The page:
NEW YORK (dpa-AFX) – US equity markets recovered much of their clear early losses during trading on Wednesday. The rebound was led by a rally in oil stocks, which benefited from a production cut agreed by the oil alliance Opec +.

The Dow Jones Industrial was last listed less than 0.21% at 30,251.17 points. The market-wide S&P 500 fell 0.82% to 3759.99 points. The Nasdaq 100 technology index lost 0.46% to 11,528.81 points.

In the first two trading days of October, the major indices had already recovered more than five percent after hitting two-year lows. Hopes for a looser monetary policy from the US Federal Reserve proved to be a driver of prices after economic data turned out to be a little weaker than expected.

News from employment agency ADP that the US private sector had created more jobs than expected in September left investors largely cold. The ADP figures are considered a marker for the US government’s monthly employment report due Friday. In August, the US foreign trade deficit narrowed for the fifth consecutive month to its lowest level since May 2021. Sentiment in the US services sector, as measured by the Institute’s Purchasing Managers’ Index (ISM) for Supply Management, it deteriorated less than expected in September.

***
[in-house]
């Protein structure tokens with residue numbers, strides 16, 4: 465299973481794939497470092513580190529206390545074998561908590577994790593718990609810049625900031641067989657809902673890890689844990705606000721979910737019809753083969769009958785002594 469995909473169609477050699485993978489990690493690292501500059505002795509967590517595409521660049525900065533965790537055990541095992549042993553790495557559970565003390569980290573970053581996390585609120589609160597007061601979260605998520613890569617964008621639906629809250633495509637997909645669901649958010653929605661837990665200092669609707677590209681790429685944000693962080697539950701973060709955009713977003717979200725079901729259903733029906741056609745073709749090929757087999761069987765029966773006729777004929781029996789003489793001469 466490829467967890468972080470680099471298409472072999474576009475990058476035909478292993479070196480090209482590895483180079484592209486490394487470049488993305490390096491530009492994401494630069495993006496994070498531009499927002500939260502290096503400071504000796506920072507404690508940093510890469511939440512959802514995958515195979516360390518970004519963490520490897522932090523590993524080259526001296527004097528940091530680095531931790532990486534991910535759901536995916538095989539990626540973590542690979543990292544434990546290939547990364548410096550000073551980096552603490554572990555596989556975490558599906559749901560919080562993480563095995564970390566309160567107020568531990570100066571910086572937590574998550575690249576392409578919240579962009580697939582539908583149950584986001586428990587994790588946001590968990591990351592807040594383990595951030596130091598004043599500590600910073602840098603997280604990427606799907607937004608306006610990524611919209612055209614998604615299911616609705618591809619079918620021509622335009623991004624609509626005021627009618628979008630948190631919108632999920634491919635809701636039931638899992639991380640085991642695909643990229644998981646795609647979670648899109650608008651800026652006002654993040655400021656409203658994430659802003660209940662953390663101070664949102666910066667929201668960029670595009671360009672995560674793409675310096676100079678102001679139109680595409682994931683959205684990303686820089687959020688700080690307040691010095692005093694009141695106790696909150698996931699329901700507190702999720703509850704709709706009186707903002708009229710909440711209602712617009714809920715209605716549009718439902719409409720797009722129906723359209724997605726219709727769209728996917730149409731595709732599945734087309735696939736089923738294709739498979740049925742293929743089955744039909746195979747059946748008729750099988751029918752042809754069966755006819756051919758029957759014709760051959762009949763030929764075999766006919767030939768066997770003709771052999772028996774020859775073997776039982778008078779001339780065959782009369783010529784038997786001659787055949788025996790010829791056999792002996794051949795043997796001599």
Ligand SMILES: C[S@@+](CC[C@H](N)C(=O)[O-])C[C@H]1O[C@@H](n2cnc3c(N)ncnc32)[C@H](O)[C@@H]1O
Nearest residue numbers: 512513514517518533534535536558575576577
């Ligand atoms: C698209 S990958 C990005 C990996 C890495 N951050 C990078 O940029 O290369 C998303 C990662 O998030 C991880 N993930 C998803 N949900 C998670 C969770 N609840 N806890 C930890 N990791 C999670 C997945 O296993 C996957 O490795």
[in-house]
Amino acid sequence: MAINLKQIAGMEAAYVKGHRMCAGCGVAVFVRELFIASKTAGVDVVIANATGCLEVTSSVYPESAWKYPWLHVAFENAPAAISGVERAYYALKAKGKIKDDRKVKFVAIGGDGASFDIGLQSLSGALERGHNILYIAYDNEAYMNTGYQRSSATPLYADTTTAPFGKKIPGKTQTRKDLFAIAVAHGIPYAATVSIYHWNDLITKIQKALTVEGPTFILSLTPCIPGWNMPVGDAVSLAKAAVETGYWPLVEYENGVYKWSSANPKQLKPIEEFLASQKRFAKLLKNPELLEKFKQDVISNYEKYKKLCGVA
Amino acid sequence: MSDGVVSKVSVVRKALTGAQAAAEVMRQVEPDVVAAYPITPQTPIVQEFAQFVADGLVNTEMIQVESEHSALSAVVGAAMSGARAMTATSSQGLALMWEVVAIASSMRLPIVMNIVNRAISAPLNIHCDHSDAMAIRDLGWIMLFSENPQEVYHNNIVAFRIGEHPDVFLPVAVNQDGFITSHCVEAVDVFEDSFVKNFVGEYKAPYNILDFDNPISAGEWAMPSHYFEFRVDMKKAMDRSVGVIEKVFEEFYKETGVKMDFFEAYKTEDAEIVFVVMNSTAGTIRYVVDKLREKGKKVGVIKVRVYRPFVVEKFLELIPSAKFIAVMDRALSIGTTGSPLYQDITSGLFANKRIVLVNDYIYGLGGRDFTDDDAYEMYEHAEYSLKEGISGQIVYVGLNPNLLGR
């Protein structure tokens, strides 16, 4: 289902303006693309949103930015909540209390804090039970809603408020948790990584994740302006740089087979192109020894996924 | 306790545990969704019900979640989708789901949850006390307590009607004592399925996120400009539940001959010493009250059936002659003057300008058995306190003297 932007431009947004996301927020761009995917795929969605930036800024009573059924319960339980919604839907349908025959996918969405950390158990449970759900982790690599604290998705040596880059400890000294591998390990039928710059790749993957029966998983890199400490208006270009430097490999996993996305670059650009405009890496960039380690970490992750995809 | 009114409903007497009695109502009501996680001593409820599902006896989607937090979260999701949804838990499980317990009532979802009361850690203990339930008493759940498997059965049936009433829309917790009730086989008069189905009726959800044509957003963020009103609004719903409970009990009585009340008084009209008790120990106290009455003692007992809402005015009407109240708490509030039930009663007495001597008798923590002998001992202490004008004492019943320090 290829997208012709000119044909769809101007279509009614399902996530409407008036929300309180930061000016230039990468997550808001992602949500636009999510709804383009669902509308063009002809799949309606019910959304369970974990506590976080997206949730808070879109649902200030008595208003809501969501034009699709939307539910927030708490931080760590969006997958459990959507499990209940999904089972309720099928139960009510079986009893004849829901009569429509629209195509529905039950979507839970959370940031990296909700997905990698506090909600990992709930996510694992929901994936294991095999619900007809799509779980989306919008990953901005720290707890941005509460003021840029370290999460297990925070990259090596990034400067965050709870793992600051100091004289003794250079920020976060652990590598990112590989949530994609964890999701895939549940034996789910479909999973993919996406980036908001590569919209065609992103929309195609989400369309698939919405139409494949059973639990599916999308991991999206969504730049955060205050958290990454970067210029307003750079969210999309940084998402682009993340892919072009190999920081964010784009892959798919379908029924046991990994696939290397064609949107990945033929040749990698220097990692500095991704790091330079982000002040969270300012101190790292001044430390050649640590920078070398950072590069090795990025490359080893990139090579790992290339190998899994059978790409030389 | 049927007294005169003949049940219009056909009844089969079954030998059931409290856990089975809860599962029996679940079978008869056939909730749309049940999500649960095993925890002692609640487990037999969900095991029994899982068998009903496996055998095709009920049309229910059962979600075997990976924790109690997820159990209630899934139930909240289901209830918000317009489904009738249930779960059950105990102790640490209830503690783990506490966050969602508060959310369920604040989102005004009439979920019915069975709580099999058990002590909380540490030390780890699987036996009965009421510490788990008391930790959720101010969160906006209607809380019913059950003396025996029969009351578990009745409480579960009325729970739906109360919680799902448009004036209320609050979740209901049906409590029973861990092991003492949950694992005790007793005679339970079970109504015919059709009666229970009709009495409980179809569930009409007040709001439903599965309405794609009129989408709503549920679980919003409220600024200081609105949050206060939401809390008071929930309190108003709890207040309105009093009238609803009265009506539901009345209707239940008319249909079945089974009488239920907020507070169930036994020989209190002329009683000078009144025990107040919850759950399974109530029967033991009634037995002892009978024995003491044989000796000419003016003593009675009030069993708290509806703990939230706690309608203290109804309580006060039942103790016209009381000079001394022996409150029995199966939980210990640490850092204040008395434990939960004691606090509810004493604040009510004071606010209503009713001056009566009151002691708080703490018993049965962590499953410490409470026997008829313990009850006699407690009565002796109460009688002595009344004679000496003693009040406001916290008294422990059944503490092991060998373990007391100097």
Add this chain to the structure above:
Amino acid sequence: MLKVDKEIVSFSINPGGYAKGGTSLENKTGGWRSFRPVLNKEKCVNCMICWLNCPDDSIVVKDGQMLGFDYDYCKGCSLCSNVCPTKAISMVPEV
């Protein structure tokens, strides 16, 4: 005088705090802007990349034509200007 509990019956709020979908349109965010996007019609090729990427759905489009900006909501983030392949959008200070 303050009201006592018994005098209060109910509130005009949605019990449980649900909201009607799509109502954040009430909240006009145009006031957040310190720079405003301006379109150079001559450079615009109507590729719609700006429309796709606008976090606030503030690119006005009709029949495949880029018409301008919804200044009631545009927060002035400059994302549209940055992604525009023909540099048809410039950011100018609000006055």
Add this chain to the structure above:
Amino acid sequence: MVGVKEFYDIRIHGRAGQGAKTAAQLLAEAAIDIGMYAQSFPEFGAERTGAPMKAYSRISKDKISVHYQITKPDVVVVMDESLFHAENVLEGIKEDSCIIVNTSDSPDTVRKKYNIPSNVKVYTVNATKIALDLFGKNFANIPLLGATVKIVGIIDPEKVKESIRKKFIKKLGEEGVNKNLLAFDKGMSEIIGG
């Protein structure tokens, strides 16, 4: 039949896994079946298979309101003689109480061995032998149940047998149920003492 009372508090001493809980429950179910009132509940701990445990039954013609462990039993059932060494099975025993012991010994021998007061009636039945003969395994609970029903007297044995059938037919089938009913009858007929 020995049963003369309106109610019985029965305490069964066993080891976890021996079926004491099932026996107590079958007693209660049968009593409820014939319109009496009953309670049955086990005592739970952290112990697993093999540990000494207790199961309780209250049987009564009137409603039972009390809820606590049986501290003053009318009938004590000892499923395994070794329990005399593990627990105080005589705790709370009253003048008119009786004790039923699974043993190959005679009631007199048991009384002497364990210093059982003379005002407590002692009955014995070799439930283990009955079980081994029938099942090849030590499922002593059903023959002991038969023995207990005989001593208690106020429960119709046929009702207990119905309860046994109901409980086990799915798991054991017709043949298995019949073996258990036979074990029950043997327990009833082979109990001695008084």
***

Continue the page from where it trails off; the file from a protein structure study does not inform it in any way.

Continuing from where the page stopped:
The Opec + organization is reducing its oil production. From November onwards, the association of 23 countries will produce two million barrels (159 liters each) less per day. It is the largest production cut in a long time. The move is intended to at least stabilize the price of oil, which has recently fallen by as much as 30%. Oil prices rose significantly after the decision.

As a result, Chevron shares were among the Dow’s highest values ​​with a plus of 0.9%. ConocoPhillips also rose 0.9%, while ExxonMobil, the best-performing S&P 100 index, gained 4.6%.

Shares of the Twitter short messaging service fell by 0.5% in price. Yesterday, however, they had risen a whopping 22% after tech billionaire and Tesla boss Elon Musk surprisingly gave up his resistance to the agreed takeover. Tesla shares fell 4.1%, taking the S&P 100./edh/he index to the bottom

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